Exposing the stimuli
Having prepared the test advertisements, there are a number of options for exposing them to respondents. In practice these two elements must be considered together from the start of course.
1. Finding people who have read the relevant issue of the magazine in the normal way – an issue which they obtained themselves without knowing they would be interviewed. They can then be shown the interviewer’s copy of the issue as a prompt while being asked questions. This means that exposure to the advertising and editorial has been completely natural. Timing can be tricky: too soon after the issue is published may mean an informant has not finished reading the issue, but too long after publication may mean that an early reader has partly forgotten what he or she looked at.
2. Giving the magazines to informants to take away and look at in a normal reading situation, with an interview later – say the next day. This assumes that the research is using real live magazines or live magazines with the test ads tipped in. This gives a reasonable approximation to normal magazine exposure, but it is not totally realistic – in particular, the informants know they have to read the issue within a defined short time-period, and they do their reading in the knowledge that they will be asked questions about it.
3. In a waiting room of some kind, giving informants the magazine to read while waiting for the interview. This is a simulation of normal reading, but the unnatural and very short time limit for reading, the strange location, and the possible tension while waiting to be called into an event that is not fully understood all introduce artificiality. Real magazines with real test ads or tipped in ads can be used.
4. Forced exposure: showing the informants real or dummy magazines, folders representing magazines, folders containing advertisements only, or advertisements shown loose. This abandons any attempt to create normal reading. While this artificial situation can say nothing about whether the informant would have noticed the test ads in normal reading conditions, it still enables the interviewer to ask about how and what the ads communicate, and the path that the respondent took across the individual components in an ad when first shown it.
Measures of an ad’s effect
It is prudent to examine not just a single measure but several in order to test the advertising in all its aspects. An advertising campaign is likely to have several objectives and sub-objectives, and the pre-testing criteria should be chosen to cover these, and to reflect each aspect of how the test ads may be expected to work. It should also be explicit whether what is to be tested is the execution of a creative idea or the idea itself. This list shows some of the most important of the many possible criteria of a magazine advertisement’s effectiveness: Ad awareness, memorability.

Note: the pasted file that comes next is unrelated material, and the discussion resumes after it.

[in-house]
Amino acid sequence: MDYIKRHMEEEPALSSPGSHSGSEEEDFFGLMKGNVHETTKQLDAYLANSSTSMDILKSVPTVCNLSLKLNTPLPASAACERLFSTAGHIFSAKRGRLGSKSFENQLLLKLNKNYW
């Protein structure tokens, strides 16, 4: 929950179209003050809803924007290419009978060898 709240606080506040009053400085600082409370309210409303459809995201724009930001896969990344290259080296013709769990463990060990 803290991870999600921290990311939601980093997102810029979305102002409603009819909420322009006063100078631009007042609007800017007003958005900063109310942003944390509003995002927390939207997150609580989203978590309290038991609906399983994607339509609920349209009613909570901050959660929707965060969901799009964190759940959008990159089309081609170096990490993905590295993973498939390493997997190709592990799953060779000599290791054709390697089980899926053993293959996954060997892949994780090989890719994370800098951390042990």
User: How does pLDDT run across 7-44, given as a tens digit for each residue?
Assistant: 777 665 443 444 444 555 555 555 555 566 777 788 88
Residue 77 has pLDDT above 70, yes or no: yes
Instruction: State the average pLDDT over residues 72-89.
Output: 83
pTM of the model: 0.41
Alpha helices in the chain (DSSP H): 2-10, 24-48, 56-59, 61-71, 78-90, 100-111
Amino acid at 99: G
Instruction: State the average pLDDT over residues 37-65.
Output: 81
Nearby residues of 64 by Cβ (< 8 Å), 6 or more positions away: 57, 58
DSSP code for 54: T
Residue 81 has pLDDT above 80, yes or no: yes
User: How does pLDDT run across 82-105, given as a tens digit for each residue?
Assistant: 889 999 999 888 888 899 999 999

Clearly, the manner in which respondents are exposed to the advertisements will affect which measures on this list are capable of being employed. For example, if forced exposure has been used, ad awareness is irrelevant; and accurately measuring eye movement requires some way of capturing it, such as a hidden camera focused on readers’ eyes while they read at a fixed spot such as a lectern.
Advantages of dummy advertising vehicle:
1. Estimating a response rate.
2. Fishing out wording issues or questions that are difficult to answer.
3. Estimating the length of time to complete the survey.
This factor is probably the second of the two most common reasons surveys are pre-tested. By reviewing the time stamps of how long it took the respondent(s) to take the survey you can determine whether you can add those two other key questions your client wanted to add, or determine if you need to cut back on the scope. 4. Understanding points of likely dropout.
We’ve often spoken about better engaging survey respondents in past blog
posts and this benefit speaks directly to that. You can accomplish this a few separate ways. One would be to look at data to see which questions carried the highest likelihood of dropping out. Another, more personalized method would be to follow-up with select survey respondents by phone to discuss their survey experience (if you have access to their telephone number through an internal or client panel).
5. Improving your subject line or invite text.
Another benefit of a pre-test is to test the effectiveness of your subject line or invite text. Therefore, if you have time to pre-test, you might want to think about using a few different subject lines or invite text and then see which of those worked best.
6. Provides natural setting for testing.